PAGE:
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Pathogen Reduction in Closed Aquaculture Systems by UV Radiation: Fact or Artifact?

Authors:
Vol.
6:
295-298, 1981
MARINE ECOLOGY
-
PROGRESS
SERIES
Mar. Ecol. Prog. Ser.
Published November
15
Pathogen Reduction
in
Closed Aquaculture
Systems
by
UV
Radiation: Fact
or
Artifact?*
Stephen spottel
and
Gary
~darns~
'
Sea Research Foundation, Inc., Mystic Marinelife Aquarium, Mystic, Connecticut
06355.
USA
Department of Mathematics and Physics. Thames Valley State Technical College, Norwich, Connecticut
06360,
USA
ABSTRACT:
Differential
equations were used to set a theoretical upper limit for the efficacy of UV
radiation in
3
hypothetical aquaculture systems: (a) a plug-flow system, (b) an idealized closed system
with no influx of pathogens, and (c) a conventional closed system in which the influx of pathogens is
continuous. The equations demonstrate that, in a conventional closed system, the mass of pathogens
never reaches zero even if the UV sterilizer is 100
%
effective. This suggests that agents such as UV
radiation, which do not form persistent residuals, may be incapable of preventing the spread of water-
borne pathogens in systems that are recirculated. Use of
UV
radiation in aquaculture is most effective
in sterilization of raw water supplies and discharges lnto receiving waters, both of which are single-
pass applications.
INTRODUCTION
Sterilizing agents commonly are used in aquaculture
installations, fish hatcheries, and public aquariums, in
which crowded conditions often hasten the spread of
transmissible diseases. Diseases produced by single-
celled organisms, or multicellular organisms that do
not require vectors, are particularly troublesome in
closed systems, because all water is reused, rather than
diluted cont~nuously with clean influent. Free-floating
infectious organisms (referred to here simply as patho-
gens) accumulate, unless the sterilization rate equals
or exceeds the rate of contamination.
METHOD
We
used differential equations to model the perform-
ance of
UV
sterilization in
3
hypothetical water sys-
tems illustrated in Fig.
1.
The curves in Fig.
2
show the
mass of pathogens remaining in the systems after
sterilization. The effective kill rate on contact in the
sterilizer was presumed to be
100
%
for each of the
3
schemes. Scheme
A
of Fig.
1
and Curve
A
of Fig.
2
show the total mass of pathogens remaining if water
flows through the sterilizer in a single pass into a
second tank with no replacement water (plug-flow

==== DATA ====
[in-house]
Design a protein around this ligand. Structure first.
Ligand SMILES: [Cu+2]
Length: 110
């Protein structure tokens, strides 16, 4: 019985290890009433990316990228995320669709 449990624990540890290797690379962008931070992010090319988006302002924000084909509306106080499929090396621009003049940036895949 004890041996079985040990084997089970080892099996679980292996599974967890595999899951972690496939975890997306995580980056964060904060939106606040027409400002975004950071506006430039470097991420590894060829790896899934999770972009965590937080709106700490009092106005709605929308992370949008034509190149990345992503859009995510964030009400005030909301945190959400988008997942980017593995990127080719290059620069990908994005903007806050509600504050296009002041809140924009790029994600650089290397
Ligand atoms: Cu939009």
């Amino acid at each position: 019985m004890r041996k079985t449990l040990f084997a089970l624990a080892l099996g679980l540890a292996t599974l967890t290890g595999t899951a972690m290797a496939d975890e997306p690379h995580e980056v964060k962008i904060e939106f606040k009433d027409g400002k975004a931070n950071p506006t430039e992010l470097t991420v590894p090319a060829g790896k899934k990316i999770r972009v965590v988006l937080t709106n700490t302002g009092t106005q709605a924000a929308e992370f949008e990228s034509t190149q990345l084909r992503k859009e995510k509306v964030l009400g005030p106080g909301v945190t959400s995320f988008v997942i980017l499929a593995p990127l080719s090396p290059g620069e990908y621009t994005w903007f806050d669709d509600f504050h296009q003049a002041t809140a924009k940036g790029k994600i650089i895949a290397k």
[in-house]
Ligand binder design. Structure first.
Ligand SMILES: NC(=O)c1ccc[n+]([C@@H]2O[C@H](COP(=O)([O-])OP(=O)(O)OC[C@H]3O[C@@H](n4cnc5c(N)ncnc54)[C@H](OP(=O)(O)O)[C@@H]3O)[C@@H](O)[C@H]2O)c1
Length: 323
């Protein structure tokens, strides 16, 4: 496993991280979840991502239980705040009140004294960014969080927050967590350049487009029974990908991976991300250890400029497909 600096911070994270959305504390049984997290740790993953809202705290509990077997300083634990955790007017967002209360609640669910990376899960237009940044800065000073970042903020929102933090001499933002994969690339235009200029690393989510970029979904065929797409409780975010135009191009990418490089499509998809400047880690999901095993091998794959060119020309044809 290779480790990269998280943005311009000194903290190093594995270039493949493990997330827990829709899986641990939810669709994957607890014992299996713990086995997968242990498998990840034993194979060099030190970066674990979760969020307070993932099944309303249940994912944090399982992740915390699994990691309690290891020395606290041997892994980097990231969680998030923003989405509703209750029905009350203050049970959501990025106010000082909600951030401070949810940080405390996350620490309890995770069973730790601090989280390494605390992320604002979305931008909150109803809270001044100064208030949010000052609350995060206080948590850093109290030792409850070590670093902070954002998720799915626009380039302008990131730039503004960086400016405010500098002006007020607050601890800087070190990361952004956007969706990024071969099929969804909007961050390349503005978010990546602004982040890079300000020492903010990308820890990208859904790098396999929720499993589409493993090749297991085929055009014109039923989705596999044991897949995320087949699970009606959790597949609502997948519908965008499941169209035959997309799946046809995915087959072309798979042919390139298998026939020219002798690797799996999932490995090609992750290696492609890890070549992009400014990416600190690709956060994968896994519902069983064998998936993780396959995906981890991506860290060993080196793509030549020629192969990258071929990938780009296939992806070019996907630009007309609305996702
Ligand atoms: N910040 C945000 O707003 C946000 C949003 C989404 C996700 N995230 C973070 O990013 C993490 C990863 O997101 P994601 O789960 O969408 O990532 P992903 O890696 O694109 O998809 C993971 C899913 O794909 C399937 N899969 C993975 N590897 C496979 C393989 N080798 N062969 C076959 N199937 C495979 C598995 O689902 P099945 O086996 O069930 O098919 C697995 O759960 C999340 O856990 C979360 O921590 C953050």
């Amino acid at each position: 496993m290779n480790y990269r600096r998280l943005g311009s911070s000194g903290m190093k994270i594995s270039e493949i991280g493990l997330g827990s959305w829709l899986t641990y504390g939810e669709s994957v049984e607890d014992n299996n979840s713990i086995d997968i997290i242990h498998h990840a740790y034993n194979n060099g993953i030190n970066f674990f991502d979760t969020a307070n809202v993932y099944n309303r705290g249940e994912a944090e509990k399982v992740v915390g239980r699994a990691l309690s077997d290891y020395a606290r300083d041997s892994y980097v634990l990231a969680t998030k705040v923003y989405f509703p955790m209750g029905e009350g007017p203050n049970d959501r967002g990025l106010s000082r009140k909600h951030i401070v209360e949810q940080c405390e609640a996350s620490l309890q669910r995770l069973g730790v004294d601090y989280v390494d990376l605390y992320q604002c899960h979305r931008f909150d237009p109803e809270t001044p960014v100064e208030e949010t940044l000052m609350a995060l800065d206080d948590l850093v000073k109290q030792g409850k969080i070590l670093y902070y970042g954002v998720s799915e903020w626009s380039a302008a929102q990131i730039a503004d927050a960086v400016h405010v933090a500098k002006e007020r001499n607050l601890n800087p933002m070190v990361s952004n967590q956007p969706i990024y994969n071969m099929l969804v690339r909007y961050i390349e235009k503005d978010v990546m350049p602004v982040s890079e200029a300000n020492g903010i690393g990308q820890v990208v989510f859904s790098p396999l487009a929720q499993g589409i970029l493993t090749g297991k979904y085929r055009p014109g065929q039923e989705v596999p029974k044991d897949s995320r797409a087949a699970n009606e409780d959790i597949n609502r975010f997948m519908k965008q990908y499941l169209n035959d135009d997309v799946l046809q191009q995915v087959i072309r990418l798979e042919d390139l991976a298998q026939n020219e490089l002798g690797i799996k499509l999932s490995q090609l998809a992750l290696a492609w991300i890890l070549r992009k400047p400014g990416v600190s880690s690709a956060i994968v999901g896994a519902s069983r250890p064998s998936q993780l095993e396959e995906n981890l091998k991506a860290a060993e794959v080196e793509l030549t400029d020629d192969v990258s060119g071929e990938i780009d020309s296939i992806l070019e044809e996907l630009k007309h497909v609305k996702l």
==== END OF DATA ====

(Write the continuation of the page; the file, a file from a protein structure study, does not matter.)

system). Scheme
B
of Fig.
1
and Curve
B
of Fig.
2
illustrate a system in which sterile water is returned
from the
UV
unit to the culture facility with complete
mixing, but without the influx of additional pathogens
(idealized closed system). Scheme
C
of Fig.
1
and
Curve
C
of Fig.
2
represent a conventional closed
system; that is, water returned from the sterilizer is
disease-free, but the influx of pathogens from within
the culture facility itself is constant. The percent kill of
pathogens in Scheme
C
is limited by an equilibrium
level at which the kill rate equals the rate of influx.
This equilibrium equals the rate of influx divided by
the flow rate through the sterilizer. The efficacy of the
sterilizer depends on only
2
factors: the rate at which
pathogens are introduced and the effectiveness of the
treatment device, as shown in the equations below.
The same equations can be used to calculate the rate at
which chemical contaminants are removed by physical
adsorption contactors, such as foam fractionators and
activated carbon beds.
Symbols:
V
=
total volume of the system (constant);
C,
=
initial mass of pathogens (constant); to
=
initial
time;
F
=
volume flow rate through the sterilizer (con-
FC
stant);
C
=
mass of pathogens;
=
kill rate (mass
per unit time);
R
=
influx of pathogens (mass per unit
'
Contribution No.
22,
Sea Research Foundation, Inc.
time)
O
Inter-ResearchIPrinted in
F.
R. Germany
0171-8630/81/0006/0295/$
02.00
Mar Ecol. Prog. Ser. 6:
295-298.
1981
Scheme
A
Scheme
B
Scheme
C
1st tank 2nd tank
Sterllhzer
Pathogen removal
Culture
facllity
removal
Pathogen
,Adit;%
/
\
I
\
Culture
facility
removal
Fig.
1.
Plug-flow system (Scheme
A):
water flows through the
sterilizer
in
a single pass, and pathogens are removed at a
constant rate. Idealized closed system (Scheme
B):
all water is
recycled, there is no new addition of pathogens, and organ-
isms are removed at a rate proportional to concentration.
Conventi.ona1 closed system (Scheme
C):
all water
is
recycled,
pathogens are added at a constant rate, and removed at a rate
proportional to concentration. The rate of sterilization at all
3
contact sites is assumed to be
100
%
Tlme units
Fig.
2.
Mass of pathogens remaining
in
Schemes
A
through
C
(Fig.
1)
versus tlme.
In
closed systems (Scheme
C),
complete
sterilization is unattainable
Scheme
A
In Scheme
A,
water is pumped through the sterilizer
on a single pass and discharged into a second tank. No
water is recycled.
If
F
=
0.1
V
(10
%
of the system
volume h-'), it would take
9
h,
to kill 90% of the
pathogens in the system.
Scheme
B
In Scheme
B,
all water is recycled through the
sterilizer and returned continuously to the main por-
tion
of
the system. There is no new influx of pathogens.
Thus
I
herefore
and
C
=
Coe
=@
If
F
=
0.1
V
per unit time
C =Ce-Ol'
and
C
=
0.1 CO (90% kill)
e-O."
=
0.1
then
t
=
23
time units
For a flow through the sterilizer equal to
10
%
of the
volume of the system per hour,
23
h are required to kill
90
%
of the pathogens.
Scheme
C
In Scheme C, all water is recycled through the
sterilizer and returned continuously to the original
source, as in Scheme
B.
However, there also is a con-